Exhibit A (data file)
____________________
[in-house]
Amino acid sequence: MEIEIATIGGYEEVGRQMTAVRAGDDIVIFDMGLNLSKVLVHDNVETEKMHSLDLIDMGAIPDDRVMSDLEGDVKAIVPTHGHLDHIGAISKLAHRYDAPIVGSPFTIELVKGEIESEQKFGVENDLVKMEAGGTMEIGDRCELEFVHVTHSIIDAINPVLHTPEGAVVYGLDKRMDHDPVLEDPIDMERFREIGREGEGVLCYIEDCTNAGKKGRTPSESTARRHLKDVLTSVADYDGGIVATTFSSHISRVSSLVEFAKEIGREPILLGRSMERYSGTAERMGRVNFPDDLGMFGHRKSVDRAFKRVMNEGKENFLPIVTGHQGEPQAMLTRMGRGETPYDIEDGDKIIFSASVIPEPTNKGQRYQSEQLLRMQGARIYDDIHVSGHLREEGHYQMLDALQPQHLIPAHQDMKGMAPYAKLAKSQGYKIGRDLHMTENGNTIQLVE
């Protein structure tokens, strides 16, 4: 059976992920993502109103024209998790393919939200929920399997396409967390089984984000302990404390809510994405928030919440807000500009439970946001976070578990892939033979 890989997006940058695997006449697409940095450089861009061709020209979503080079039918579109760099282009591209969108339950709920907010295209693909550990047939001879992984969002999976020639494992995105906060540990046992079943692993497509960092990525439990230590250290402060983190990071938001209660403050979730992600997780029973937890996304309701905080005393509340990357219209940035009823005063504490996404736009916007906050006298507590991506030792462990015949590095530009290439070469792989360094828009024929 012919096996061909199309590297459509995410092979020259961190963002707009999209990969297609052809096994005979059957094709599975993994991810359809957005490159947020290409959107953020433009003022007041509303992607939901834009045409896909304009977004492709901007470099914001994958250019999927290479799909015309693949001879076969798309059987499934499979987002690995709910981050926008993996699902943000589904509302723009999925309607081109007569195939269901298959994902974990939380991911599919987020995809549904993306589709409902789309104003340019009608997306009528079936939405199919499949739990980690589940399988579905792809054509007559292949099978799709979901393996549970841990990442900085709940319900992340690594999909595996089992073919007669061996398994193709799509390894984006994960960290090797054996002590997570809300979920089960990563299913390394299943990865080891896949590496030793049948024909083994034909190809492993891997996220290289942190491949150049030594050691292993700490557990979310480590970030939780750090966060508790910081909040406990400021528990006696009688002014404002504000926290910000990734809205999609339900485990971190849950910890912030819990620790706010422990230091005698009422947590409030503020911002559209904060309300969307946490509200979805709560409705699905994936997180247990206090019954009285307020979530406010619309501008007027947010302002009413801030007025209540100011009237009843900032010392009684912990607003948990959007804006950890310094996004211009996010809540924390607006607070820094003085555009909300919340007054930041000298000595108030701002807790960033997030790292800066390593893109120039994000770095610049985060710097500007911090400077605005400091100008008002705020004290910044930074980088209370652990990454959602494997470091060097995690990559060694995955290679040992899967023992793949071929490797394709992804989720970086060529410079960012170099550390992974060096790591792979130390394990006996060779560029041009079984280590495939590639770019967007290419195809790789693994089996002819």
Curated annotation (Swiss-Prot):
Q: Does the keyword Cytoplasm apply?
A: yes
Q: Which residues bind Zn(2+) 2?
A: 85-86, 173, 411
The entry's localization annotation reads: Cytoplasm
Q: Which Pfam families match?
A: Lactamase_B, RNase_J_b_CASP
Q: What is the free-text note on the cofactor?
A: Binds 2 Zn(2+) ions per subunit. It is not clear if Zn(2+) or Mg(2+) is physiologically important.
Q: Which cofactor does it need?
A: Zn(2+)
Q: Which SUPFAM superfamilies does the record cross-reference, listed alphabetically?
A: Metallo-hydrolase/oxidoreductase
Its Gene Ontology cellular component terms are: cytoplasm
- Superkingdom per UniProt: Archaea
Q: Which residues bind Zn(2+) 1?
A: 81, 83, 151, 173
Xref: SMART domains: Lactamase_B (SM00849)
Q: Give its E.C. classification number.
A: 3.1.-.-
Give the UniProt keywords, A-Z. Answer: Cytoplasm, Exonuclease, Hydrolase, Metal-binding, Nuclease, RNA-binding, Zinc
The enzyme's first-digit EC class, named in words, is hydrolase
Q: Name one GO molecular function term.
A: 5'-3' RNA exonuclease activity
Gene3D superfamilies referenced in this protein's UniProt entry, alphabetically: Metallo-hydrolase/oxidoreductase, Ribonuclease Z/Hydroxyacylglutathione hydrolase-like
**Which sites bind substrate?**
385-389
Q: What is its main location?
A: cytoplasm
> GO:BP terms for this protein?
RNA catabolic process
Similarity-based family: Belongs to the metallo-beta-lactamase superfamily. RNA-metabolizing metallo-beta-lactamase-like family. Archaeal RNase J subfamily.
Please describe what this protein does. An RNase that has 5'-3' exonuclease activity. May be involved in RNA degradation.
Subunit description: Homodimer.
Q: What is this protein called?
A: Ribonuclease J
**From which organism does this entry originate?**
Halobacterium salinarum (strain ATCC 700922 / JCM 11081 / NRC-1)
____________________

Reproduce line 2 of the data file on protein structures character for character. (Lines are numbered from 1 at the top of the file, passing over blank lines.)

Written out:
Amino acid sequence: MEIEIATIGGYEEVGRQMTAVRAGDDIVIFDMGLNLSKVLVHDNVETEKMHSLDLIDMGAIPDDRVMSDLEGDVKAIVPTHGHLDHIGAISKLAHRYDAPIVGSPFTIELVKGEIESEQKFGVENDLVKMEAGGTMEIGDRCELEFVHVTHSIIDAINPVLHTPEGAVVYGLDKRMDHDPVLEDPIDMERFREIGREGEGVLCYIEDCTNAGKKGRTPSESTARRHLKDVLTSVADYDGGIVATTFSSHISRVSSLVEFAKEIGREPILLGRSMERYSGTAERMGRVNFPDDLGMFGHRKSVDRAFKRVMNEGKENFLPIVTGHQGEPQAMLTRMGRGETPYDIEDGDKIIFSASVIPEPTNKGQRYQSEQLLRMQGARIYDDIHVSGHLREEGHYQMLDALQPQHLIPAHQDMKGMAPYAKLAKSQGYKIGRDLHMTENGNTIQLVE